Sri Lanka PM not alerted to warning of attack because of feud, says minister
A rift between Sri Lanka's president and prime minister, which sparked a crisis last year, came under scrutiny on Monday a day after a series of deadly bomb blasts, with questions over how the government handled a recent warning of an attack.
The premier has been kept out of intelligence briefings since he fell out with the president, a government minister said, a day after Easter attacks on churches and hotels killed 290 people and wounded nearly 500.
Police had been warned this month about a possible attack on churches by a little-known domestic Islamist group, according to a document seen by Reuters.
But Prime Minister Ranil Wickremesinghe had not been told of the report, dated April 11, that said a foreign intelligence agency had warned of attacks on churches by a domestic militant group called the National Thawheed Jama'ut, Health Minister Rajith Senaratne told reporters.
A set of coordinated bomb explosions on Easter Sunday in churches and hotels in Sri Lanka killed more than 300 people and injured 450. Officials say most of the explosives were set off by suicide bombers. Here is a timeline of how the bombings occurred.
It was not immediately clear what action, if any, was taken in response to the tip-off.
"When we asked about the intelligence report, the prime minister was not aware of this," said Senaratne, who also briefs reporters on the deliberations of the cabinet.
It was not clear if the president, Maithripala Sirisena, was aware of the report but the top security organisation, the Security Council, reports to him, while the prime minister was no longer invited to council meetings because of the rift, Senaratne said.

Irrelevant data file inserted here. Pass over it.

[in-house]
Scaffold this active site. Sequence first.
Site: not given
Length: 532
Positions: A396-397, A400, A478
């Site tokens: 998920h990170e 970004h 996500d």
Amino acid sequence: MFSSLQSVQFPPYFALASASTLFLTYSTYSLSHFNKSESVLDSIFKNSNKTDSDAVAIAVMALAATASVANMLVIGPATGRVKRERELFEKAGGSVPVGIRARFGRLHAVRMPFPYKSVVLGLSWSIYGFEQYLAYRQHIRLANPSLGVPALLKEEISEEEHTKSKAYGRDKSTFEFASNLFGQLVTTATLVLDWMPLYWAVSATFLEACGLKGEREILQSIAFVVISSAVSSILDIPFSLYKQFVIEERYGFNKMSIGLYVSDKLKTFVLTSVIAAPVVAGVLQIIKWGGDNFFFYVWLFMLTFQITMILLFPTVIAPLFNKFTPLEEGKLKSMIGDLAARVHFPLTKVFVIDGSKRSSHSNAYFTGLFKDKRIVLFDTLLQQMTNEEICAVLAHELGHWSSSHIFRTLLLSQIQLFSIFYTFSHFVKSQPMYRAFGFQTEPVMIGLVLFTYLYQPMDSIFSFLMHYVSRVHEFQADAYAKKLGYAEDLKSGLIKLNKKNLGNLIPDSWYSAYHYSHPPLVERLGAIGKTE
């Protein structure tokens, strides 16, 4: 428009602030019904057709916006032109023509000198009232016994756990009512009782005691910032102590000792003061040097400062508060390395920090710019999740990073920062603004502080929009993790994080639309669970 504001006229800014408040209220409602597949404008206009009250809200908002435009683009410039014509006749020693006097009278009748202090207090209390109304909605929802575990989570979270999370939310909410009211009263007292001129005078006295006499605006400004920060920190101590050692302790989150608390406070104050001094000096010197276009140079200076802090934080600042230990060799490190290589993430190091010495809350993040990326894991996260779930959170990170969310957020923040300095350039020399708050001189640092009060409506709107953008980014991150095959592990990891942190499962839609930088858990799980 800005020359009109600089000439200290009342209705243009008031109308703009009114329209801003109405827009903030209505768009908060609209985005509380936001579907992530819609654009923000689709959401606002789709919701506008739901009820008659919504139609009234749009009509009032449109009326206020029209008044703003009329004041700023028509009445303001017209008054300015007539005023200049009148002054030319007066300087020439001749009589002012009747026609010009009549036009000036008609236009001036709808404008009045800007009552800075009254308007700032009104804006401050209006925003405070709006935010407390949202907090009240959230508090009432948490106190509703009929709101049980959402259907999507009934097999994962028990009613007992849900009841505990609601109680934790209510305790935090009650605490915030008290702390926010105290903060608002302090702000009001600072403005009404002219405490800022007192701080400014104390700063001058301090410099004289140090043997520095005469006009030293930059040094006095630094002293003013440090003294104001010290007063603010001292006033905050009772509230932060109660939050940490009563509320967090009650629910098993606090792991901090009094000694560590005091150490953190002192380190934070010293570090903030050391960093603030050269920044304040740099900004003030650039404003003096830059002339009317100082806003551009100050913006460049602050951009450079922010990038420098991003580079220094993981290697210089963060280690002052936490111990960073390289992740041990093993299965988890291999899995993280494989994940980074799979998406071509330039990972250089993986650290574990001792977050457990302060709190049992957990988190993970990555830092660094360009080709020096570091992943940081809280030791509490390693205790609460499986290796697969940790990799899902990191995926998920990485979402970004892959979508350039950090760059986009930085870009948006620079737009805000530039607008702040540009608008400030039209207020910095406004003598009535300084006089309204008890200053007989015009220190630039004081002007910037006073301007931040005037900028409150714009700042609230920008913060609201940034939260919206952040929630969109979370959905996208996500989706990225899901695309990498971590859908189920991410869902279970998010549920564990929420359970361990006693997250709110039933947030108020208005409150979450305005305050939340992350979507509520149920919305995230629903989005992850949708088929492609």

The president was out of the country when the bombers struck. His office declined to comment.
"As a government we have to say very, very sorry and we have to apologise to the families and their institutions about this incident," said Senaratne.
The president fired Wickremesinghe last October over political differences, only to reinstate him weeks later under pressure from the Supreme Court.
Their relationship has not improved and their differences have delayed government decisions, politicians say.
On Sunday, with the president on a foreign trip and the country shaken by the suicide attacks, Wickremesinghe called a Security Council meeting but its members failed to show up, Senaratne said.
"This is the first time in history we have seen that the Security Council refused to come for a meeting with the country's prime minister," he said.
On Monday, Wickremesinghe attended a council meeting called by Sirisena after his return. It was the prime minister's first council meeting since the political crisis, his office said.
Senaratne said security forces had raided training sites of the National Thawheed Jama'ut. The government also believed there were international links to the attacks.
"We don't think a small organisation can do all that. We are now investigating international support for them and their other links - how they produced the suicide bombers and bombs like this," he said.